The first is my favorite for design and avant-garde reasons: the Van Cleef & Arpels Midnight Planetarium. The Midnight Planetarium is an exquisite example of an old-school orrery for the wrist. Its tiny orbs of stones and precious metals slowly drift around the dial for the rest of your life, making for a permanently changing design. The mechanics of the Midnight Planetarium are also a treat and I revel in the pyramid of gears that create the slow traverse of the outer planets.
But I don’t think that one will win, and not for a lack of trying.
GG: Why would I not choose the van der Klaauw-based Van Cleef? Trust me, when I first heard of its existence at SIHH, I desperately wanted to love it. But for whatever reason it seems to me a less compelling implementation of the planetarium concept than some of Christiaan’s own-brand watches that are available at a fraction of the price.
IS: Unfortunately, there can only be one (predicted) winner, and my vote has to go to Montblanc’s Heritage Perpetual Calendar. This was one of the (and for many, THE) most talked-about watches from the 2014 SIHH. In my book it really put Montblanc on the haute horlogerie map.
While the movement is slightly small for the eminently-wearable 39 mm case, the dial looks nicely laid-out and at $21,000 for a perpetual calendar in a red gold case (a relatively mind-blowingly low $13,000 for stainless steel), Montblanc is offering unparalleled value for money. The Meisterstück Heritage Perpetual Calendar is not just a perpetual calendar you can wear every day, it’s a perpetual calendar many could afford to wear every day.
GG: I’m delighted to see the progress at Montblanc, and the 1/100-second chronograph is my personal GPHG 2014 choice in the Chronograph category. But the cross-eyed look of this particular calendar watch, with the sub-dials closing in toward the center of the watch, falls prey to one of my pet peeves.
FS: The Montblanc is a very traditionally-styled piece, but offered at an amazing price. While I understand the design choices, an exceptional price isn’t enough for me. I think that the Lange will win this year with its classic Lange styling up front, while it hides that lovely moon phase display on the case back. For me, the balance between sobriety and whimsy (or as whimsical as it’s possible for a Lange to get) is a winning combination.
IS: One interesting side point to note is that both the A. Lange & Söhne Terraluna and Breguet Classique Tourbillon Quantième Perpétuel are manual winding so, if only worn occasionally, they will either need a special crown winder or regular (and careful) resetting.
JM: The only reason I fear the Van Cleef & Arpels Midnight Planetarium will take a backseat to the winner is because there is an A. Lange & Söhne in the mix.
And not just any Lange, but the Richard Lange Perpetual Calendar Terraluna. This piece is undoubtedly the finest in watchmaking available, and it contains a perpetual calendar, a gorgeous and unique moon phase display, a 14-day power reserve and a constant force escapement.
All of that is on top of the mathematically perfect proportions of an A. Lange & Söhne and the unmatched finishing of every single component. It is, without a doubt, one of the finest watches in the entire competition this year. And it takes this category in a big way. I love the Midnight Planetarium, but I dream of A. Lange & Söhne.
IS: The A. Lange & Söhne Terraluna has just about everything one could ask for in a calendar watch . . . and then some. Perpetual calendar: tick; large date: tick; moon phase: tick; long power reserve (an incredible 14 days): tick; impeccably hand-finished, in-house movement: check; power reserve indicator: check. And the icing on the Saxon cake: a constant force escapement. Check!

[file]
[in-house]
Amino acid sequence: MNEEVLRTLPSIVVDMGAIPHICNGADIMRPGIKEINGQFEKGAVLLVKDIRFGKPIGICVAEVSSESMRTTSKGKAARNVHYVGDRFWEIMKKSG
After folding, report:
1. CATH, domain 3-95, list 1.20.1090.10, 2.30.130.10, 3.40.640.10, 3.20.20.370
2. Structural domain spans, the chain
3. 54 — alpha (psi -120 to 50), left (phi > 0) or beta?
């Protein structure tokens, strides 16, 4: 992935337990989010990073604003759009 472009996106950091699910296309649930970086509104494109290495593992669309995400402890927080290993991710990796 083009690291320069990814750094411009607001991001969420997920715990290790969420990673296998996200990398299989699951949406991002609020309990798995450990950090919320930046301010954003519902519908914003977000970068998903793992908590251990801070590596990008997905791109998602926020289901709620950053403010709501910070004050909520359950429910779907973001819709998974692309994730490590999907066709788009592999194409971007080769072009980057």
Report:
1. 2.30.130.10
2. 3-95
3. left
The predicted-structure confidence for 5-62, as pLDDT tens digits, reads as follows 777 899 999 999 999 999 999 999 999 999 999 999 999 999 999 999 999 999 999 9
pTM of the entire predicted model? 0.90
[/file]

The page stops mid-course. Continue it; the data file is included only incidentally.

GG: At the end of the day I think that the Lange will take it. While some of our panel members may argue for the Montblanc on the basis of value for money and significance in signaling a new day for the Montblanc watch brand under Jérôme Lambert, in a straight shoot-out the Lange seems likely to prevail.
I’m sad to say that none of the pre-selected watches is really ringing my chimes, though. The Lange is interesting, and I’m a big lover of astronomic complications, but in person it makes the size of my Double Split looks like a child’s toy. When it comes to astronomy in watches, I remain a fan of Ulysse Nardin and Christiaan van der Klaauw.
So, I guess for me it’s going to be an ongoing wait for a mintish Ulysse Nardin Tellurium to come available, or for an unknown rich uncle to gift me the Greubel Forsey Perpetual Calendar with Equation of Time!
The results are in, and the panel’s decisions are:
Ian Skellern: Montblanc Meisterstück Heritage Perpetual Calendar
Joshua Munchow: A. Lange & Söhne Richard Lange Perpetual Calendar Terraluna
GaryG: A. Lange & Söhne Richard Lange Perpetual Calendar Terraluna
Felix Scholz: A. Lange & Söhne Richard Lange Perpetual Calendar Terraluna
Bernard Werk: Van Cleef & Arpels Midnight Planetarium
So, our panel has voted 3 out of 5 for the A. Lange & Söhne Richard Lange Perpetual Calendar Terraluna.
For more information on the pre-selected Calendar watches:
Lange & Söhne Richard Lange Perpetual Calendar Terraluna
Meisterstück Heritage Perpetual Calendar
Van Cleef & Arpels Midnight Planetarium
Breguet Classique Tourbillon Quantième Perpétuel
Zenith Captain Winsor Annual Calendar
Jaquet Droz Perpetual Calendar Eclipse Ivory Enamel
You can partake in the fun as well by checking out the competition and voting for your favorite in the Public Prize category. If you vote, you will be in the running for a Girard-Perregaux Vintage 1945 XXL Petite Seconde model worth more than 10,000 Swiss francs. Note: you only have one vote in total, not one vote per category, so choose wisely!
Click here to vote ww.gphg.org/watches/en/grand-prix-dhorlogerie-de-geneve/2014/PRE..
For more information on this year’s GPHG, please read New Jury And Categories At The 2014 Grand Prix d’Horlogerie de Genève.
To read other GPHG round tables, please click:
Ladies’ Pre-Selected Watches: Round Table Discussion Of The Grand Prix d’Horlogerie de Genève 2014.
Ladies’ High-Mech Pre-Selected Watches: Round Table Discussion Of The Grand Prix d’Horlogerie de Genève 2014.
Men’s Pre-Selected Watches: Round Table Discussion Of The Grand Prix d’Horlogerie de Genève 2014.
Chronograph Pre-Selected Watches: Round Table Discussion Of The Grand Prix d’Horlogerie de Genève 2014.
Mechanical Exception Pre-Selected Watches: Round Table Discussion Of The Grand Prix d’Horlogerie de Genève 2014.